Familial Wolff-Parkinson-White Syndrome: A Disease of Glycogen Storage or Ion Channel Dysfunction?


  • This study was supported by funding from the Alberta Heritage Foundation for Medical Research (AHFMR), the Canadian Institutes of Health Research (CIHR), and the Heart and Stroke Foundation of Canada. Dr. Light, Ph.D., received salary support as an AHFMR Scholar and CIHR New Investigator.

Address for correspondence: Peter E. Light, Department of Pharmacology, 9-58 Medical Sciences Building, University of Alberta, Edmonton, AB, Canada T6G 2H7. Fax: +1-780-492-8836; E-mail: peter.light@ualberta.ca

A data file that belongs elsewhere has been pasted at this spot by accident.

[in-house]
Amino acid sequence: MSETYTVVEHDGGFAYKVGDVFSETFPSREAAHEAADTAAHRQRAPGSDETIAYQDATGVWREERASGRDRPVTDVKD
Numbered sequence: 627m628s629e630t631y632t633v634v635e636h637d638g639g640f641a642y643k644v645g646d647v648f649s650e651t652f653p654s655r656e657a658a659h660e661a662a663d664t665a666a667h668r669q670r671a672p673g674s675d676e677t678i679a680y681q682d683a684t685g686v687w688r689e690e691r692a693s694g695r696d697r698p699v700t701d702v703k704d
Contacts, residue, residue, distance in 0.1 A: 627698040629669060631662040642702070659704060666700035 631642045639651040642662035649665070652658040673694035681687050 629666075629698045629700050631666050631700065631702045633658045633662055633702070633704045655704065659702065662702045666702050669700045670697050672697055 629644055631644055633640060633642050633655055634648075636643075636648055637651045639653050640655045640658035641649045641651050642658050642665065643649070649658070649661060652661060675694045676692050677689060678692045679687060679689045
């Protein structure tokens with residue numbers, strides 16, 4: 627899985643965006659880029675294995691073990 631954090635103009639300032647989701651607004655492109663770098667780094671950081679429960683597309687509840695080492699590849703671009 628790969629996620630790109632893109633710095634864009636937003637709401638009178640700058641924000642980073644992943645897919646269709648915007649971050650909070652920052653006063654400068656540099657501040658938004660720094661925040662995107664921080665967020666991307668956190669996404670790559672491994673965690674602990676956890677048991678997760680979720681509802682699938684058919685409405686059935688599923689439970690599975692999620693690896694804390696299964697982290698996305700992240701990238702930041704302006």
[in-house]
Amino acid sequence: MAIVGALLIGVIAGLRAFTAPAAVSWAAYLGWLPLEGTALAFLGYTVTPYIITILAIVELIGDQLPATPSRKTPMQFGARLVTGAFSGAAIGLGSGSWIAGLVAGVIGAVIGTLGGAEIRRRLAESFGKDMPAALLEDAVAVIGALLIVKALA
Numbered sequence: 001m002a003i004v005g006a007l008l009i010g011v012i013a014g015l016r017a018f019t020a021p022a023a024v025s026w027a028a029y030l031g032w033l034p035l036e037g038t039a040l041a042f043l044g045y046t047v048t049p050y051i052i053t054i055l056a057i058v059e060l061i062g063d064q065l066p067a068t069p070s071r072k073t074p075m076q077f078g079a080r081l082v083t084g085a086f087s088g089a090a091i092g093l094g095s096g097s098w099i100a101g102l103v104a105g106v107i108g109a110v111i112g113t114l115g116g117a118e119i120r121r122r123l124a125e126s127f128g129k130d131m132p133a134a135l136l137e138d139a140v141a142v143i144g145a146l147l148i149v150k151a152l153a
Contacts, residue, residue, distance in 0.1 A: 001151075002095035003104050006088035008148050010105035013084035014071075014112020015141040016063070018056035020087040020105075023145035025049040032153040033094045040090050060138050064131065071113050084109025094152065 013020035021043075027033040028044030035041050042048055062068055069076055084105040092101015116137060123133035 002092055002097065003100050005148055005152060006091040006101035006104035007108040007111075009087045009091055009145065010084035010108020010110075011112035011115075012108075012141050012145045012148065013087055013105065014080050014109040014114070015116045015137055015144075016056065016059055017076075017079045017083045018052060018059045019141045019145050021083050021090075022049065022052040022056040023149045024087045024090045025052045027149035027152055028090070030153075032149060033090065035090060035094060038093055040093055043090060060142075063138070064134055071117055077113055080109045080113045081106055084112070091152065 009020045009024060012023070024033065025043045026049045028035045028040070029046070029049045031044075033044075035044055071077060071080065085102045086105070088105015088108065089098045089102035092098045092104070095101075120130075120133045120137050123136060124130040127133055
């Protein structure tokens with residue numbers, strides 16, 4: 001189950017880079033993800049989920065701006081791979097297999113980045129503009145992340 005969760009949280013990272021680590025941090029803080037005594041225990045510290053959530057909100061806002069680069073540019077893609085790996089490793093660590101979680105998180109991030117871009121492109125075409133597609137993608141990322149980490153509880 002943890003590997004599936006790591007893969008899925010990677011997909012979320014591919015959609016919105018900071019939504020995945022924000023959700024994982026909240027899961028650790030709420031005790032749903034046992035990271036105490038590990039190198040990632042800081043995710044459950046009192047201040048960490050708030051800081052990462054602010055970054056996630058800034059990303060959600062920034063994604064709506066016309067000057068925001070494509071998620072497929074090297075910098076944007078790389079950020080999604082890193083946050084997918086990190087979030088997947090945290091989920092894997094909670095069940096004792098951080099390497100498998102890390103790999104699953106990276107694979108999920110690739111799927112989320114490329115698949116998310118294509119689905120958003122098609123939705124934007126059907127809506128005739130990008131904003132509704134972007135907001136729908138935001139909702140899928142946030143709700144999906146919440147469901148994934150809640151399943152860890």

Wolff-Parkinson-White (WPW) syndrome is the most common cause of ventricular pre-excitation, a condition where, due to defects in the conduction pathway, all or part of the ventricle is excited earlier than would normally be expected, often leading to ventricular fibrillation and sudden cardiac death. It was recently discovered that many of the underlying mutations responsible for the familial form of WPW syndrome are located in the gene encoding for the regulatory γ2-subunit (PRKAG2) of the AMP-activated protein kinase. The cellular mechanisms for the observed arrhythmias are currently being studied and may involve glycogen storage with associated hypertrophy as well as alterations in the properties of cardiac ion channels such as voltage-gated sodium channel. It is the aim of this review to discuss our current knowledge of the cellular disturbances underlying the induction of arrhythmias in patients with PRKAG2 mutations.